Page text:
This week brought more planting – namely the peppers and tomatoes!
So there are a couple strawberries starting to ripen from last year’s planting. This one has been sampled by the roly polys. Ugh! There isn’t anything to do about them other than try to keep things dry. Hard to do this week! The one nice berry I found tasted like a ‘Mara des Bois’ – sweet and floral.
The majority of the beans that were planted didn’t grow well from the first planting, nor the second. They are missing leaves or have damaged leaves. There is a bit of difference between varieties though. It could be a few different things. We had this issue last year, and I thought it might be herbicide. A little more research this year indicates it could also be a bean/seed corn maggot or a disease. Basically, something is damaging the hypocotyl of the seed as it is germinating and results in plants with no leaves. Obviously they aren’t going to grow much from that!
The easiest fix for either of these problems is to till up the area and then replant when the soil is warmer. That worked last year, so hopefully it will work this year too.
If you are a regular reader, you have probably noticed that updates on what we’re actually doing in the garden are pretty sparse this spring. In fact, non-existent up to this point. I know I’ve set you up with some videos and such to keep you occupied, but what are we actually doing?
Well…quite a lot. But not blogging about it, obviously. But I have a good excuse!
Sorry about the sideways picture. Things at home don’t play quite as nice as at the office.This little guy is a month old, and keeping me busy!
So despite me being MIA, things are still carrying on in the Demo Garden, thanks to our great volunteers! Let’s take a quick look at what’s been growing.
Some of the strawberries overwintered well, others not so well. We decided to plant some more of the ‘Mara des Bois’ variety that didn’t get a good start last spring due to some herbicide issues. They are looking good this year! Typically, we would remove flowers on strawberries for the first year. Because these are day neutrals, it isn’t necessary. I still tend to pick the first flush of flowers off, but you still aren’t supposed to need to do that.
The lettuce that we started inside and transplanted is looking scrumptious! In fact, I believe they did a first harvest this week. The lettuce that I planted directly outside at home is about half this size, but harvestable due to thinning. The variety on the left is the ‘Flashy Butter Oak’ and on the right is ‘New Red Fire.’
This is a heat tolerant romaine called ‘Jericho.’ It is looking good, so it will be interesting to see how it does as the weather gets warmer. (And it looks like it is finally going to be consistently warmer!)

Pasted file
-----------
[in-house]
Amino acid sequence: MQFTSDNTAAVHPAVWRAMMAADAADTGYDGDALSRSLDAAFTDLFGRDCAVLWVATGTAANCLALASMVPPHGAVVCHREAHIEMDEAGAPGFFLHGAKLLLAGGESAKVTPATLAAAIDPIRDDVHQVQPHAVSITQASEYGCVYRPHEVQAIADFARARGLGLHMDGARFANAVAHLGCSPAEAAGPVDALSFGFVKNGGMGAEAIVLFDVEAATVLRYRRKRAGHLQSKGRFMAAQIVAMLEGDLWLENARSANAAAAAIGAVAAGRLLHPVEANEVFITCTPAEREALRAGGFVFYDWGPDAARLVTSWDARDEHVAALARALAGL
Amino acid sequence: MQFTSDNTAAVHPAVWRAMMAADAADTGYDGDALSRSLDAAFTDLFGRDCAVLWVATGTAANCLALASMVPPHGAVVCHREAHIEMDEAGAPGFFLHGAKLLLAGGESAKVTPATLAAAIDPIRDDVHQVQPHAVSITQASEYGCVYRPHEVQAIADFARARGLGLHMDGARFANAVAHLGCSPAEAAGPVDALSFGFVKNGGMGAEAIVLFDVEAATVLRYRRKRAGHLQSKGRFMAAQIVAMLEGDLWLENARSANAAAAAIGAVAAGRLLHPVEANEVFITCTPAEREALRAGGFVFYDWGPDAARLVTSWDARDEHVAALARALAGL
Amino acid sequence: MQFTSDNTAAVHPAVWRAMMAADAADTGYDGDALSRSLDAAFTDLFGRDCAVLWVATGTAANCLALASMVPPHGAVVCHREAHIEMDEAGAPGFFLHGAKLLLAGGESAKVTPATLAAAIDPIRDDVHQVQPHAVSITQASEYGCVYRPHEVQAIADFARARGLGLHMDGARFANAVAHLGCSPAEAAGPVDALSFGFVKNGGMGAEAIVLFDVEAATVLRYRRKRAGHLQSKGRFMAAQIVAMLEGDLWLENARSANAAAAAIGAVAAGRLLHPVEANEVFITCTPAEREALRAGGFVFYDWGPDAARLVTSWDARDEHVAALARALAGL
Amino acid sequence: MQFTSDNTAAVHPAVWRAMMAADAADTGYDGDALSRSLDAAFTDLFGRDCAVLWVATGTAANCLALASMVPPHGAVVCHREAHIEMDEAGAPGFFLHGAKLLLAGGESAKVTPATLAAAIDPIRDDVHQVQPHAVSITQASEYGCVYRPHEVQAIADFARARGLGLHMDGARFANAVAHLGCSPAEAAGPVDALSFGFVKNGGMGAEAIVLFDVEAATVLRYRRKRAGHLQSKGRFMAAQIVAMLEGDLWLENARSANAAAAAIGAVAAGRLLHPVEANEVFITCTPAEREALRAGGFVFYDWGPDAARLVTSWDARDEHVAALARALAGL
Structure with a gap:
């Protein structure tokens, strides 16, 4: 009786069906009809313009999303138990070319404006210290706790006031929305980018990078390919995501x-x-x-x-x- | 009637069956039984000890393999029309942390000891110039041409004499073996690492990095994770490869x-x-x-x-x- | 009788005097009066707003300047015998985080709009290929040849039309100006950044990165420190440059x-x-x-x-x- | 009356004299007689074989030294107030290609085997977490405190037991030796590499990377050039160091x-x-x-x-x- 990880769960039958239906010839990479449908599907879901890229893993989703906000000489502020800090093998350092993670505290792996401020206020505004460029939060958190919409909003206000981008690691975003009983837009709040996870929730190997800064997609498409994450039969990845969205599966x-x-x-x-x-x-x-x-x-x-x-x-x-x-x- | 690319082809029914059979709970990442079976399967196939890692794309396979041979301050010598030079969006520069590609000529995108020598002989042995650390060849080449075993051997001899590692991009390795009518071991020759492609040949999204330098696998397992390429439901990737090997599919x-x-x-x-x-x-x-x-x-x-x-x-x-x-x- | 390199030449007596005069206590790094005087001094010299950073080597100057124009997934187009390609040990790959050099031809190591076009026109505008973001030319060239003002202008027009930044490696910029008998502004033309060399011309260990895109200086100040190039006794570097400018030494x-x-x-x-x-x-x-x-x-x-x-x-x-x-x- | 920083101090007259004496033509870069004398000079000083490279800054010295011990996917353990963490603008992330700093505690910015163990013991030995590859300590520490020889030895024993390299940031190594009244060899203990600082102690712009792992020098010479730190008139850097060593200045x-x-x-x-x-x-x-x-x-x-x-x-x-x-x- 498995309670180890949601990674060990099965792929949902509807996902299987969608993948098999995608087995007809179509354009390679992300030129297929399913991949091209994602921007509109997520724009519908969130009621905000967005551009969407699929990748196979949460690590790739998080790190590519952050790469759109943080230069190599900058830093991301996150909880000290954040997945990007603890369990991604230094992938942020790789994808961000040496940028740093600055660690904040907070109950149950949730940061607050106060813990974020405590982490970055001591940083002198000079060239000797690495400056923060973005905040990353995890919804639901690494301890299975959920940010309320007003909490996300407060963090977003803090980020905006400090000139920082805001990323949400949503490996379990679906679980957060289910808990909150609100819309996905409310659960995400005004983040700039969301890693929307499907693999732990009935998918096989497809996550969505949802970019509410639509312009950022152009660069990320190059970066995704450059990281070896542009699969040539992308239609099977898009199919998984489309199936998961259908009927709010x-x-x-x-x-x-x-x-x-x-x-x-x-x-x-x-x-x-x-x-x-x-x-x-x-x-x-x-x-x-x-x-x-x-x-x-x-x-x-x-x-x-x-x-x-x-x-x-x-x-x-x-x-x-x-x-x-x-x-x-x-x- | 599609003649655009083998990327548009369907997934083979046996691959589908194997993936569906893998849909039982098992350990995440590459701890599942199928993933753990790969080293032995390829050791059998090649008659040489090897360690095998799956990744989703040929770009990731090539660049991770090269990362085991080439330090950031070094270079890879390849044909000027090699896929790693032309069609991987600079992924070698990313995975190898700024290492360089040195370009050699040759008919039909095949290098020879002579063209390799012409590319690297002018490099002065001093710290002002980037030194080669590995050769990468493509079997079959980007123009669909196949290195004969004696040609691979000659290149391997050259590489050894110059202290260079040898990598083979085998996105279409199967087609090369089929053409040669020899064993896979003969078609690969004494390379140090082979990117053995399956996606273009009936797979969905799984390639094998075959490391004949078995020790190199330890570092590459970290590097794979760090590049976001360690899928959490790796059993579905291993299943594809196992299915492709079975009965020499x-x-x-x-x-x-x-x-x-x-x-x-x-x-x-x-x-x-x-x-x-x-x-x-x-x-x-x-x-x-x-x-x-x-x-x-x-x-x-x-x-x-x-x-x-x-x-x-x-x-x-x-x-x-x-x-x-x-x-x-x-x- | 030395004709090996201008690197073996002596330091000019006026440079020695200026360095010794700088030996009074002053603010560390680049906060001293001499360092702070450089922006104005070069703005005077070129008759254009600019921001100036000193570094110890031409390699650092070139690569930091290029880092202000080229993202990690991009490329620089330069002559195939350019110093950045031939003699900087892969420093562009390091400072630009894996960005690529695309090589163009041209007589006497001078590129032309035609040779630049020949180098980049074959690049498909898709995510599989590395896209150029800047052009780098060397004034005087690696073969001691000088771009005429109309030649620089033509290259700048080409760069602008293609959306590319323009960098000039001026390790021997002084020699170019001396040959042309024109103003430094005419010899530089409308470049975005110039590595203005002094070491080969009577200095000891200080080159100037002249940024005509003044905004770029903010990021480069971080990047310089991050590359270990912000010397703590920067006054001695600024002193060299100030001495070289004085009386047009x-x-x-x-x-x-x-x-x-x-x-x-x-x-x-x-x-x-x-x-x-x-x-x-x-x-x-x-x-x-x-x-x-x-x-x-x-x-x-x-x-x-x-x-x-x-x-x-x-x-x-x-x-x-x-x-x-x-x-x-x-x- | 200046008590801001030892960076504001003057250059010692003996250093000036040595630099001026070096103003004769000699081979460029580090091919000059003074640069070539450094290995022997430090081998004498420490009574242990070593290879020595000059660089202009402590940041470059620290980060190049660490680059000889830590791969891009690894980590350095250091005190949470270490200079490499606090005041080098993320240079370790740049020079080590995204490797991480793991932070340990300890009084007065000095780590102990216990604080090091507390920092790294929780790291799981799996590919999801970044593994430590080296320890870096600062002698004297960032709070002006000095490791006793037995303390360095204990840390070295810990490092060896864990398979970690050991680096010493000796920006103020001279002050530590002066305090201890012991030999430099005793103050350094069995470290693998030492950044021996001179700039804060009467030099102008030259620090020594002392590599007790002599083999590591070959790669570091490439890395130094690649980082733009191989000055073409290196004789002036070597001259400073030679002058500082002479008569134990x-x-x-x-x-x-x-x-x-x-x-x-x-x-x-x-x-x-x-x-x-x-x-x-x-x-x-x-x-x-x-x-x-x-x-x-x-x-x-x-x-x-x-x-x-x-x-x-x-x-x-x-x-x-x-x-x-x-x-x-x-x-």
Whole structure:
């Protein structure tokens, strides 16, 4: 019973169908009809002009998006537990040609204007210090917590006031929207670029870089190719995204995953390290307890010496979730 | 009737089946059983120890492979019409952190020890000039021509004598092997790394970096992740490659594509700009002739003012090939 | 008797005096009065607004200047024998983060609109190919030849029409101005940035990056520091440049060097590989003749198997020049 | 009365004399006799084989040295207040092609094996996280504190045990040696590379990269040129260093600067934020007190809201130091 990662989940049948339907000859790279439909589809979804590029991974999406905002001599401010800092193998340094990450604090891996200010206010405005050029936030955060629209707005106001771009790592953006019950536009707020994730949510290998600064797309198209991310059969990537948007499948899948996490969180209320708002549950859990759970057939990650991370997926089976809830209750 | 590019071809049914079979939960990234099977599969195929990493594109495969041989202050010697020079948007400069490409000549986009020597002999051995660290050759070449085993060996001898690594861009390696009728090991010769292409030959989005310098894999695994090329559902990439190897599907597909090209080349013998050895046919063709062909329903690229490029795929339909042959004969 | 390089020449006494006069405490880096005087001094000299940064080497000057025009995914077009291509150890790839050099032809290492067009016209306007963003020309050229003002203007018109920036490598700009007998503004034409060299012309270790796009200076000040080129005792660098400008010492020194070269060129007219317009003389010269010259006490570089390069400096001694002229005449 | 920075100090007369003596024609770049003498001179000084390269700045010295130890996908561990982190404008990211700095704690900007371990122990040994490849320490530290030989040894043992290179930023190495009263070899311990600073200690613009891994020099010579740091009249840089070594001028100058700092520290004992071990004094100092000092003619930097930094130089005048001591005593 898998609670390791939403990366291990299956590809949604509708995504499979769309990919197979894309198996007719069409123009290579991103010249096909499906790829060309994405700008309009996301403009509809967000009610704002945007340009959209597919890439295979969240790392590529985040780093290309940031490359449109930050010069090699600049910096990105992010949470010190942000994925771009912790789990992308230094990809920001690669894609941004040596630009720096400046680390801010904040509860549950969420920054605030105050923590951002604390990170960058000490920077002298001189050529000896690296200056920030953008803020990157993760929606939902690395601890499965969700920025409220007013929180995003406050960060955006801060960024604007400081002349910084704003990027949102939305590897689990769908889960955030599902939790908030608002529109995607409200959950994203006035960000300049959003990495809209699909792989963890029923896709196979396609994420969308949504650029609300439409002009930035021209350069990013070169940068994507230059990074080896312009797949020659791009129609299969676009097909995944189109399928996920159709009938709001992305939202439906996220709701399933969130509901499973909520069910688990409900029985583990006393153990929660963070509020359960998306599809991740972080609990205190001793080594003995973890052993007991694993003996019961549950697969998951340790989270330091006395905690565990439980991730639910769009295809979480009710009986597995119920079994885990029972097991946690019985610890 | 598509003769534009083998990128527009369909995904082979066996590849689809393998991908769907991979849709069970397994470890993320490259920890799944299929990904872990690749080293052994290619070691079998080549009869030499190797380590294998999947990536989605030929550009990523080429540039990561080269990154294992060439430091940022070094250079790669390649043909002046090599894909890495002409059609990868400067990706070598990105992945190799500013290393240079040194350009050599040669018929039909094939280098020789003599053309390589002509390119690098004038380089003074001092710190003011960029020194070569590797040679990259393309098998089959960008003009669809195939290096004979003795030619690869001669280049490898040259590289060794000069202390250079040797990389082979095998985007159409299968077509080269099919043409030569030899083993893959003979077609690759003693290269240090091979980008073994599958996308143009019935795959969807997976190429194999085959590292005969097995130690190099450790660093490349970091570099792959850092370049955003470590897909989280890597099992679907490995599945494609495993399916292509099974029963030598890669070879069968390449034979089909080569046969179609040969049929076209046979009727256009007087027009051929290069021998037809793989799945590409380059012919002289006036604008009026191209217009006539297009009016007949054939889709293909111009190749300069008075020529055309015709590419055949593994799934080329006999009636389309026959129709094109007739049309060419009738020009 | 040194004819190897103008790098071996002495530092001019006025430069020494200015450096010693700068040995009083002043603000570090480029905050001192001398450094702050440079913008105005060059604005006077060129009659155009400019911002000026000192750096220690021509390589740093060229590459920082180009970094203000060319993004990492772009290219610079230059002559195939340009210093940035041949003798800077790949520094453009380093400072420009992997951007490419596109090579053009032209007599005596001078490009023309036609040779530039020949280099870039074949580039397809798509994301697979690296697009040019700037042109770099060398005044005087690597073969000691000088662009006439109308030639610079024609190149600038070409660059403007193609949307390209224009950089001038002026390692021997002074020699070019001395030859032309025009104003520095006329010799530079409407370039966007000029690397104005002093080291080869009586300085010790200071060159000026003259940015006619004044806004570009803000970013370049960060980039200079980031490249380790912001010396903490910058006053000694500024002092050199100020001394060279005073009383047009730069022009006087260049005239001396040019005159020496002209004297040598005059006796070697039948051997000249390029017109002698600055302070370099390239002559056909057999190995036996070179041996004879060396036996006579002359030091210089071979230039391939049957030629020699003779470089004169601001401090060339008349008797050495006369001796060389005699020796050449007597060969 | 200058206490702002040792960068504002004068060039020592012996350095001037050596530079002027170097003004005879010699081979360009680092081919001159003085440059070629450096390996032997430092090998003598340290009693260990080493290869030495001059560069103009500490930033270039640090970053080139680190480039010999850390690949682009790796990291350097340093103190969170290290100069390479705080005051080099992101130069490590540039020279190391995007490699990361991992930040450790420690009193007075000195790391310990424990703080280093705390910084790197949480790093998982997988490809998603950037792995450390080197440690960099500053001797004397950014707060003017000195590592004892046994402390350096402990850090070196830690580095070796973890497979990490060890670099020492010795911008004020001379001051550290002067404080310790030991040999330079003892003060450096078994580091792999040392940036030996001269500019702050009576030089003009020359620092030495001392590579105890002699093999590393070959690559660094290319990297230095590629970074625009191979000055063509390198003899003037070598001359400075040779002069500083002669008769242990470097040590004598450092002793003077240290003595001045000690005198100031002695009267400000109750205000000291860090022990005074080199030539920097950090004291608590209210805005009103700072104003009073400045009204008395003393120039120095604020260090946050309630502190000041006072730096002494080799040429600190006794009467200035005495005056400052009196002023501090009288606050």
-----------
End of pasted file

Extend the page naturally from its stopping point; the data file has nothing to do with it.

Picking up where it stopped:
Some of the herbs and flowers were planted this week, more to come, as well as tomatoes and peppers next week. Herb Day is Saturday, so come out and see the garden in real life!
I’ll post another update…sometime…!
We’ve had two work days over the last two weeks and one hailstorm. Most of the cleanup involved removing a few remaining dead plants, raking up the remaining straw from last year, and collecting leaves that had blown in and taken up residence on the paths. We also planted potatoes, strawberries, cut back herbs, dug horseradish, and worked in all the compost we had stored in the shed from last year.
On one hand, I was a little disappointed in how weak a lot of the strawberry plants were coming through the winter. The ‘Ozark Beauty’ were very thin and weak. The ‘Ogallala’ were better, and they were stronger last fall too, since they had sent runners down to the path that had taken root. I ordered more ‘Mara des Bois’ for the section of the bed that ended up being planted to peanuts last year, and we ended up pulling many of the wimpy ‘Ozark Beauty’ plants and replanting with the ‘Mara des Bois.’ The picture is of a couple of the newly planted bareroot plants that are just starting to peek out leaves.
One thing that was definitely not any worse after the winter was the horseradish. Not that it was surprising, because horseradish is one of those plants that is harder to kill than it is to keep alive. We dug out some nice big roots, and the plan is to use this bed for peppers this year instead. Those of you that have grown horseradish can now start laughing at the people who will be busy trying to keep the horseradish from re-colonizing this bed.